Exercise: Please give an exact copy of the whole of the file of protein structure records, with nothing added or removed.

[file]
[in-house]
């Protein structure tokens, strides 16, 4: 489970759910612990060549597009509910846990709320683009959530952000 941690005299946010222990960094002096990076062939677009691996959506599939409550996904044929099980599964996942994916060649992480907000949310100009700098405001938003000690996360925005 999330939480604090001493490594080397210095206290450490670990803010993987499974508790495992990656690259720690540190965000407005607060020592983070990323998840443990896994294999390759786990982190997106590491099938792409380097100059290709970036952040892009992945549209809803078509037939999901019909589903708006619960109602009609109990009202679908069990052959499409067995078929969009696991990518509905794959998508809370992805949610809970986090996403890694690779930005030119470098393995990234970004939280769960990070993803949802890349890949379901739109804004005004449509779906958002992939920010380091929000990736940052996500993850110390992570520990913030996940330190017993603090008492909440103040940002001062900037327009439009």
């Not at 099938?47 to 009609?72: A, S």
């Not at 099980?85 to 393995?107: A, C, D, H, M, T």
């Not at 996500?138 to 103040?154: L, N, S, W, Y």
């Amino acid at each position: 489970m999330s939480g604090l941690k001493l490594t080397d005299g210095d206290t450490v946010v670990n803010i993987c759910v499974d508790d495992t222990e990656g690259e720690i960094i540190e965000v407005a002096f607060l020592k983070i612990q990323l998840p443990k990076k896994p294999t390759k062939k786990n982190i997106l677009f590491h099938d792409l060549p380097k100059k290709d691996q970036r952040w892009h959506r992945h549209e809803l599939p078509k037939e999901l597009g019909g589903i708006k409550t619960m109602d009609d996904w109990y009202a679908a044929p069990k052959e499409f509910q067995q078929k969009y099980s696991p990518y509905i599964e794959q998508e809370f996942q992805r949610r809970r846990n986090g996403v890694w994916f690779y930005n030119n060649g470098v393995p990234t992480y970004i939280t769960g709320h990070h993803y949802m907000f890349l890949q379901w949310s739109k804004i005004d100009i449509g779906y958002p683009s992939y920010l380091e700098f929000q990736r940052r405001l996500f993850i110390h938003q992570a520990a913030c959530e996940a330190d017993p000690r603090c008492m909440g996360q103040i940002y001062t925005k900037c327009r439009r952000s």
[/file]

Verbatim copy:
[in-house]
């Protein structure tokens, strides 16, 4: 489970759910612990060549597009509910846990709320683009959530952000 941690005299946010222990960094002096990076062939677009691996959506599939409550996904044929099980599964996942994916060649992480907000949310100009700098405001938003000690996360925005 999330939480604090001493490594080397210095206290450490670990803010993987499974508790495992990656690259720690540190965000407005607060020592983070990323998840443990896994294999390759786990982190997106590491099938792409380097100059290709970036952040892009992945549209809803078509037939999901019909589903708006619960109602009609109990009202679908069990052959499409067995078929969009696991990518509905794959998508809370992805949610809970986090996403890694690779930005030119470098393995990234970004939280769960990070993803949802890349890949379901739109804004005004449509779906958002992939920010380091929000990736940052996500993850110390992570520990913030996940330190017993603090008492909440103040940002001062900037327009439009």
């Not at 099938?47 to 009609?72: A, S």
């Not at 099980?85 to 393995?107: A, C, D, H, M, T």
């Not at 996500?138 to 103040?154: L, N, S, W, Y």
């Amino acid at each position: 489970m999330s939480g604090l941690k001493l490594t080397d005299g210095d206290t450490v946010v670990n803010i993987c759910v499974d508790d495992t222990e990656g690259e720690i960094i540190e965000v407005a002096f607060l020592k983070i612990q990323l998840p443990k990076k896994p294999t390759k062939k786990n982190i997106l677009f590491h099938d792409l060549p380097k100059k290709d691996q970036r952040w892009h959506r992945h549209e809803l599939p078509k037939e999901l597009g019909g589903i708006k409550t619960m109602d009609d996904w109990y009202a679908a044929p069990k052959e499409f509910q067995q078929k969009y099980s696991p990518y509905i599964e794959q998508e809370f996942q992805r949610r809970r846990n986090g996403v890694w994916f690779y930005n030119n060649g470098v393995p990234t992480y970004i939280t769960g709320h990070h993803y949802m907000f890349l890949q379901w949310s739109k804004i005004d100009i449509g779906y958002p683009s992939y920010l380091e700098f929000q990736r940052r405001l996500f993850i110390h938003q992570a520990a913030c959530e996940a330190d017993p000690r603090c008492m909440g996360q103040i940002y001062t925005k900037c327009r439009r952000s």